Long in disrepair, the French Grand Moulin des Places windmill recently took on a new role – converting wind energy into electricity. According to ABB, a Swiss manufacturer of automation systems, this could lead to other windmill-to -generator projects. The windmill can produce electricity from wind speeds between 2 and 25 m/s.
Once grain, now power
The windmill has four blades, or sails, each fitted with variable section. These slide from a closed position for minimal wind capture, to an open one, with sail sections nearly side-by-side, for maximum wind capture. A PLC regulates sail deployment with a hydraulic cylinder according to wind speed . The PLC program uses a cross-reference table between wind speed and sail position, constantly adjusting for best power production.
An orientation vane at the back of the roof points into the wind, signaling the roof drive to position the sails toward the wind. In high winds, however, the rotor disc turns 90° to the wind. In this position, the rotor remains stationary.
All machinery is under the windmill’s roof. The main shaft now drives a belt that transmits torque to a speed increaser, so rotor speed is compatible with a 37-kW generator.
If the generator were directly connected to the grid, it would have to reach more than 1,500 rpm before synchronizing its current flow. To avoid the requirement of precise speed, engineers inserted a 4 quadrant, 37-kW inverter between the generator and grid. Now, even in low wind speeds, the generator produces useful current even though it’s only rotating at a few hundred rpm. Then, an ABB ACS800 drive outputs 400 V at 50 Hz at all times. The setup lets the windmill produce power over a wide range of wind speeds. The electrical cabinet (including the drive) is in the lower section of the windmill.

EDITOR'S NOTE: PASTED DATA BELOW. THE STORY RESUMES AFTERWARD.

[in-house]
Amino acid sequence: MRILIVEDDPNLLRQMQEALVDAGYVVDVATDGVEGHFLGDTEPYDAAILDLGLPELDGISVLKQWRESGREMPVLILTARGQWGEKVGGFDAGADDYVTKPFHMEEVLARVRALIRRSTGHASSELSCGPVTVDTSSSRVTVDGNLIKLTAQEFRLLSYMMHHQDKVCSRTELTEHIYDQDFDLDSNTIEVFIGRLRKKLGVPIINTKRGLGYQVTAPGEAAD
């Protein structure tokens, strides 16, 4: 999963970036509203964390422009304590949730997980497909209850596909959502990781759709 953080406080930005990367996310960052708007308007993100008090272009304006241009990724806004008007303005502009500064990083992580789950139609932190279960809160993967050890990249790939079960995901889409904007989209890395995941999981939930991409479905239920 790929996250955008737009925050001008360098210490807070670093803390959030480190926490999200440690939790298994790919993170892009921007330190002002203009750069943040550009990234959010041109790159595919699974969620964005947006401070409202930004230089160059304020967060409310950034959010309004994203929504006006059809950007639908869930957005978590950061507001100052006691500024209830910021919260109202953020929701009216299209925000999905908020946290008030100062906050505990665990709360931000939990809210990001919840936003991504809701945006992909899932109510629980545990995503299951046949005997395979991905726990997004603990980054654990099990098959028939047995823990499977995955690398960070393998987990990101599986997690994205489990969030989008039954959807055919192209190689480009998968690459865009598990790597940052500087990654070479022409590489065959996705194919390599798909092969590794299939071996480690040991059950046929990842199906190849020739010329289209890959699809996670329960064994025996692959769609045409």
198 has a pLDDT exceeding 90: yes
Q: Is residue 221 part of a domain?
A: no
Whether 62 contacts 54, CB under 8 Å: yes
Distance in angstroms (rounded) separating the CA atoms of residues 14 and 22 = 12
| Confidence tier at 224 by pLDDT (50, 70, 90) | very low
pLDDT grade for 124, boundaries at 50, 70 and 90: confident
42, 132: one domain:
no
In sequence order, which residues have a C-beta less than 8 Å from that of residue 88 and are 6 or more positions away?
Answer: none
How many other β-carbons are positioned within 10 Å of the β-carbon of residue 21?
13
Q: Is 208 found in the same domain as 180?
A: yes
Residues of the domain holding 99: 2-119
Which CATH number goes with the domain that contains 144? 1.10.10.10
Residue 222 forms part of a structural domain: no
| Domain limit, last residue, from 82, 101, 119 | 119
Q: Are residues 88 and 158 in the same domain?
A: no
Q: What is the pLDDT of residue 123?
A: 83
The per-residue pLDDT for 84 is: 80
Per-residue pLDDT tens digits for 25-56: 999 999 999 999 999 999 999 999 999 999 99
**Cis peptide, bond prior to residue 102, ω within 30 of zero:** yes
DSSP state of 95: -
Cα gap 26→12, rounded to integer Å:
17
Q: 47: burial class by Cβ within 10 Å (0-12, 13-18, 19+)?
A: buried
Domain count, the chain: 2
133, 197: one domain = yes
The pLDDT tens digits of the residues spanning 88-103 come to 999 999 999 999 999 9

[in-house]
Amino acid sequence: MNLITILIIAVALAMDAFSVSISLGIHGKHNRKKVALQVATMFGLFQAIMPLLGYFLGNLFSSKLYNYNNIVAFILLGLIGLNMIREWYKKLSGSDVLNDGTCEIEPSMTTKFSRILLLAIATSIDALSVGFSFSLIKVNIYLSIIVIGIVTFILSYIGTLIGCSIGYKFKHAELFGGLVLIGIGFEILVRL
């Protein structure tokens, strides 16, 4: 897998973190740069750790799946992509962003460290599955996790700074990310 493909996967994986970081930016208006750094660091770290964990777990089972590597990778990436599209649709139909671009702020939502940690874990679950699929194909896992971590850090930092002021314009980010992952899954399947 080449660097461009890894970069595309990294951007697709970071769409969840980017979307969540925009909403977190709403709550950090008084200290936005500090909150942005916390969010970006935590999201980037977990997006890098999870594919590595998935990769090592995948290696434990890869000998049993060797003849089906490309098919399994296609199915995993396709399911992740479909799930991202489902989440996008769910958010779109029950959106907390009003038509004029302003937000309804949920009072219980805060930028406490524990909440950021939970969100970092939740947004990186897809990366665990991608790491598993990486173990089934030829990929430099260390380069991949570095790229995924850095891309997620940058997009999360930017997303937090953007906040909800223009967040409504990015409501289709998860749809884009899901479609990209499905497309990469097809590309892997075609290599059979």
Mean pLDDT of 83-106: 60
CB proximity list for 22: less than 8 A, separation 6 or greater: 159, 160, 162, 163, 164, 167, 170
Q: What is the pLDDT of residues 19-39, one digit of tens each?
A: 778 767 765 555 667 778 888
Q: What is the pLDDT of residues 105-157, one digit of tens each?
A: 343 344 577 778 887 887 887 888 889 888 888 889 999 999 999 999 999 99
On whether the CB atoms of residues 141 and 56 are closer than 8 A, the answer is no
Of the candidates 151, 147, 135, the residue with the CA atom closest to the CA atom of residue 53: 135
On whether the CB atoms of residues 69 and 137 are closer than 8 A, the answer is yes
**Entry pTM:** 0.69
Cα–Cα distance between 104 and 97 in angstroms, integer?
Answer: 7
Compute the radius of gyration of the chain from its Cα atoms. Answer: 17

Controlling the generator
To control the equipment, an AC500 industrial Programmable Logic Controller coordinates data from sensors, follows operating and safety instructions, and sends commands to the actuators. The controller is in a lower section of the building, communicating with the input-output modules in the upper section via radio link. Two modems (master and slave) ensure the link, while allowing Modbus communications between controller and input-output module.
The AC500 PLC monitors:
· Weather data from rooftop sensors (wind speed and direction, outdoor temperature and humidity)
· Production data and windmill availability
· Position of the accuators for each blade or sail flap
· Switch positions
· Brake position
· Generator temperature, and, when necessary, the PLC signals an emerging stop
The PLC’s program operates the windmill by sending instructions to the drive at wind speed from 2 to 25 m/s. For higher wind speeds, a safety application “feathers” the blades and activates hydraulic brakes.
A man-machine interface in the controller cabinet lets the operators monitor the installation’s condition, electricity production parameters (voltage, power), weather conditions, state of the hydraulic equipment (controlling the brake and blades), and operating time of the equipment.
Alarms and faults are also shown and stored. Software engineers designed ten screens using software called CP400, which works with the ABB software for programming the controller.
Finally, lights that convey the turbine’s general condition are mounted outside the windmill and visible from the operator’s home. The lights let that person check the windmill status: active (green), waiting for good operating conditions (yellow), or in fault condition (red). An uninterruptible power supply ensures power for the PLC, the control interface, and automation components.
Filed Under: Projects
[…] Windpower Engineering – Wind Power Design | Construction | Maintenance resource : Wind power d… […]